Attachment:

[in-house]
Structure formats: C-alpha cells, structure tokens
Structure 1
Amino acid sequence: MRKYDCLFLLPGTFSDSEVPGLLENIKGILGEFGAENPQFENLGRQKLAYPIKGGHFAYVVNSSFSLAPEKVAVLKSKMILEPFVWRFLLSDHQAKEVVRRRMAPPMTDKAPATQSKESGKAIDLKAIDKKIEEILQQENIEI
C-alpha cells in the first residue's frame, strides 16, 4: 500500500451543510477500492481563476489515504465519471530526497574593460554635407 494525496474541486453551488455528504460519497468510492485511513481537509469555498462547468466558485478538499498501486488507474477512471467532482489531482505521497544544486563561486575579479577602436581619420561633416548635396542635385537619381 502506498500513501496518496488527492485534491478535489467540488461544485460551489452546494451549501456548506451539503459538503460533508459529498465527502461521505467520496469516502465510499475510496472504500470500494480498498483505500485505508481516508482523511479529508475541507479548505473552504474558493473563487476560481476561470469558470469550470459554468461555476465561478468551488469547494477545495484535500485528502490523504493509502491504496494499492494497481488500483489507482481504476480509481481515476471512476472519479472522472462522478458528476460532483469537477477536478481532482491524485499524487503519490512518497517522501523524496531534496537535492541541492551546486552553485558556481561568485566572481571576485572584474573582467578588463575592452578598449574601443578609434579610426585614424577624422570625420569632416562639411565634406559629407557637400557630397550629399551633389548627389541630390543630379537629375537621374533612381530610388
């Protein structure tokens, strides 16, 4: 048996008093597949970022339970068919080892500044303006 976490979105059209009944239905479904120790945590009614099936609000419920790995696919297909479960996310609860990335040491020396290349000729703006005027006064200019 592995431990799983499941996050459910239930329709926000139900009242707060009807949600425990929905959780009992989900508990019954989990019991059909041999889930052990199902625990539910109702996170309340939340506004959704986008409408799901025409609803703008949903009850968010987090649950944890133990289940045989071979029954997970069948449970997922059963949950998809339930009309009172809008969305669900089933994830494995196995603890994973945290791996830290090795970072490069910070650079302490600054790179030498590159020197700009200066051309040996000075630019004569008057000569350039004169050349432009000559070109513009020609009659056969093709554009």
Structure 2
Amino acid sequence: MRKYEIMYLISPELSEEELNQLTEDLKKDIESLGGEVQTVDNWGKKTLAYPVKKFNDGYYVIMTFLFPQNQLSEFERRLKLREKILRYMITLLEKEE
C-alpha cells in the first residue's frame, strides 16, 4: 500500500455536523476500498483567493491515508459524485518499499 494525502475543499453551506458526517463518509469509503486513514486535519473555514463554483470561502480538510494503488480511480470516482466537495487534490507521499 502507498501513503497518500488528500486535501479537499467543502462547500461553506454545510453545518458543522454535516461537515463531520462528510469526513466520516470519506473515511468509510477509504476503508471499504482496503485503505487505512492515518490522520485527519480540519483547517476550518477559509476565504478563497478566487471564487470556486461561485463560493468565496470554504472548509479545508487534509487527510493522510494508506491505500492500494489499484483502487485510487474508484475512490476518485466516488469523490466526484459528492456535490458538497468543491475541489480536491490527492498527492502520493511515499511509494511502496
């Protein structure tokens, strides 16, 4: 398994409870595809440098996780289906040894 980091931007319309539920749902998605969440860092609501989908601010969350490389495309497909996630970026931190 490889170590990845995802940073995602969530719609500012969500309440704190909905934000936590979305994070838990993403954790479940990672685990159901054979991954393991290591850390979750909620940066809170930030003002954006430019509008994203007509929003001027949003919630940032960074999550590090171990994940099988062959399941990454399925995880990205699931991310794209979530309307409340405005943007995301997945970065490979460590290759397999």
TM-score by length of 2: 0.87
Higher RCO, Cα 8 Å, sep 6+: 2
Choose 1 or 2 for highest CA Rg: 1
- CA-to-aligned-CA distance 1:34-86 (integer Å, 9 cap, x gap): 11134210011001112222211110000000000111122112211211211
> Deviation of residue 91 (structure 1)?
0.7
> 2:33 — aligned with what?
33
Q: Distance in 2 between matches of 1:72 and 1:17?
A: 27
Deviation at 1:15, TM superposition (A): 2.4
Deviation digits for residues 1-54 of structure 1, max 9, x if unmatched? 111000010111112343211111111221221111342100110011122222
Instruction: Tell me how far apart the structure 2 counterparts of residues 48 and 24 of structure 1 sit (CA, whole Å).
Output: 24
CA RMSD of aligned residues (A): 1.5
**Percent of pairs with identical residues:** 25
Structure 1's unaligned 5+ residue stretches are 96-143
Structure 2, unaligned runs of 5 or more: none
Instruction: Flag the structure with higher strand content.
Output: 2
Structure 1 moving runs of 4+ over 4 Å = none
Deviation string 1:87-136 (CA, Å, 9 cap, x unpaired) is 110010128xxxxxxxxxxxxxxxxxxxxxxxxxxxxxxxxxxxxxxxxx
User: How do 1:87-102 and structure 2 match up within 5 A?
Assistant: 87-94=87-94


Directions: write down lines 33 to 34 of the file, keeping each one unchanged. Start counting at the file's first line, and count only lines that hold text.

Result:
User: How do 1:87-102 and structure 2 match up within 5 A?
Assistant: 87-94=87-94